John Catsimatidis says he’ll do whatever it takes to support his friends.
That’s why the billionaire businessman, who owns a grocery store chain in Manhattan, a real estate firm and a Greek-American newspaper, donated to both Hillary Clinton and Jeb Bush in the primary. Catsimatidis helped pay for the chapel at Camp David during George H.W. Bush’s term as President; reports say the Clintons sometimes make use of Catsimatidis’s private jet.
So he gave $2,700 each to Clinton and Bush’s campaigns.
“When friends are running for office you do whatever you have to do,” he said. “If Hillary Clinton was the nominee in the Democratic Party and Jeb Bush was the nominee in the Republican Party, I would go to sleep early on election night because regardless of who got elected our country would be in good shape.”
But that didn’t stop him from also donating $5,400 to Ted Cruz: “He was full of piss and vinegar and caught my fancy.”
Catsimatidis is one of at least 40 people who have donated to both Hillary Clinton and one of her GOP rivals this cycle. Their reasons vary: for some, like Catsimatidis, it comes down to friendship, although not necessarily with the candidates themselves.
Steven Schram, an attorney at Shapiro Lifschitz and Schram, donated to Hillary Clinton and Marco Rubio as a favor to his friends: “I generally to not contribute to political candidates,” he said, noting that he’s registered as an Independent. “My two contributions this year were accommodations to friends supporting Clinton and Rubio. … My friends asked me to support their candidate.”
For people like Robert Millman, on the other hand, it’s business. Millman, an attorney at Littler Mendolson, said he thinks electing Clinton “would not be in the best interest of the United States,” but he had to donate to her because of a professional commitment. He said the country “desperately needs” a Republican president, and he donated $250 to Marco Rubio in order to attend one of Rubio’s speeches. But he still hasn’t decided which candidate he will ultimately vote for. “I have no dog in this race. I have an open mind,” he said. “But I will not bring myself to vote for Hillary Clinton.”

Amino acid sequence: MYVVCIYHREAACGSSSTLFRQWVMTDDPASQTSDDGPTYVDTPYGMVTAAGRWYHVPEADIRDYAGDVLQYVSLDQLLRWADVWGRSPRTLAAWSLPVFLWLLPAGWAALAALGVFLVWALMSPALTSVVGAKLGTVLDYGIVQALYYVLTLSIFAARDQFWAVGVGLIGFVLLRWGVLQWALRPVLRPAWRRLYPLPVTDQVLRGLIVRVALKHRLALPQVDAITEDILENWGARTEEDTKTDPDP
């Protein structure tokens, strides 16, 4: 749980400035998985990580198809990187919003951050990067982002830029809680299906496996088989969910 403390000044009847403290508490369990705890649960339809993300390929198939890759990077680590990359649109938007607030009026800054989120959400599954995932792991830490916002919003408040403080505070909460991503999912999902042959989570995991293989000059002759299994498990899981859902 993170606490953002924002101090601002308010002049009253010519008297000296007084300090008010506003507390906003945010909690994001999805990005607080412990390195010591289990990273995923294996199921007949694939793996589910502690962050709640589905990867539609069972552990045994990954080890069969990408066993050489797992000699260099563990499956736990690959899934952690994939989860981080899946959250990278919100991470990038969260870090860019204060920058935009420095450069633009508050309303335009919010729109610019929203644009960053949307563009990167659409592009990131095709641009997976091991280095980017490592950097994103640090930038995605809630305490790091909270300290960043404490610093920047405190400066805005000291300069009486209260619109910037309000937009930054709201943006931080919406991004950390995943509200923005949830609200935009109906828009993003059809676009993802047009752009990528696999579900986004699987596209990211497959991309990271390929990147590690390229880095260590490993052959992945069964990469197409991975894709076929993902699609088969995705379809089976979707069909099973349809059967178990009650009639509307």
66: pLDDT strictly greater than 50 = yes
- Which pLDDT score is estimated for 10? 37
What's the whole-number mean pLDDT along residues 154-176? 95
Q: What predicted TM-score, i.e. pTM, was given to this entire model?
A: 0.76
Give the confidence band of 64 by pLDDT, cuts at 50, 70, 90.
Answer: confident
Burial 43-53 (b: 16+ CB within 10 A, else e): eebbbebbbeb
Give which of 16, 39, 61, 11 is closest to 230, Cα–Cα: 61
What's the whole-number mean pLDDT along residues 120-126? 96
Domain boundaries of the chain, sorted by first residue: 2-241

David Stevens, the CEO of the Mortgage Bankers Association who served in the Obama Administration as the Assistant Secretary of Housing, said he donated to Clinton and Bush because they were the two candidates that would best deal with housing issues. “It’s not a party focus, it comes down to my interest to make certain whoever gets in office has the depth and ability to deal with these complex issues and has these issues in the policy menu of things they’re thinking of coming in,” he said.
Others have loftier ideological goals, giving money on both sides of the aisle to advance a cause or a personal mission. “Since I loathe the hyper-partisanship of our culture, I make a point of giving to candidates of each party, every four years,” said journalist Mayhill Fowler, giving $2,700 to Clinton and $250 to Bush.
As for Patricia Lizarraga, it’s about cracking glass ceilings. The managing partner of Hypatia Capital Group donated $500 to both Clinton and Carly Fiorina and said her donations were about promoting female leaders, regardless of party. “I’m a firm believer that the more women that participate as senior executives in the United States and around the globe, the better the outcomes will be for everybody,” she said. “If there were a third [woman] in the fray, I would support her as well.”
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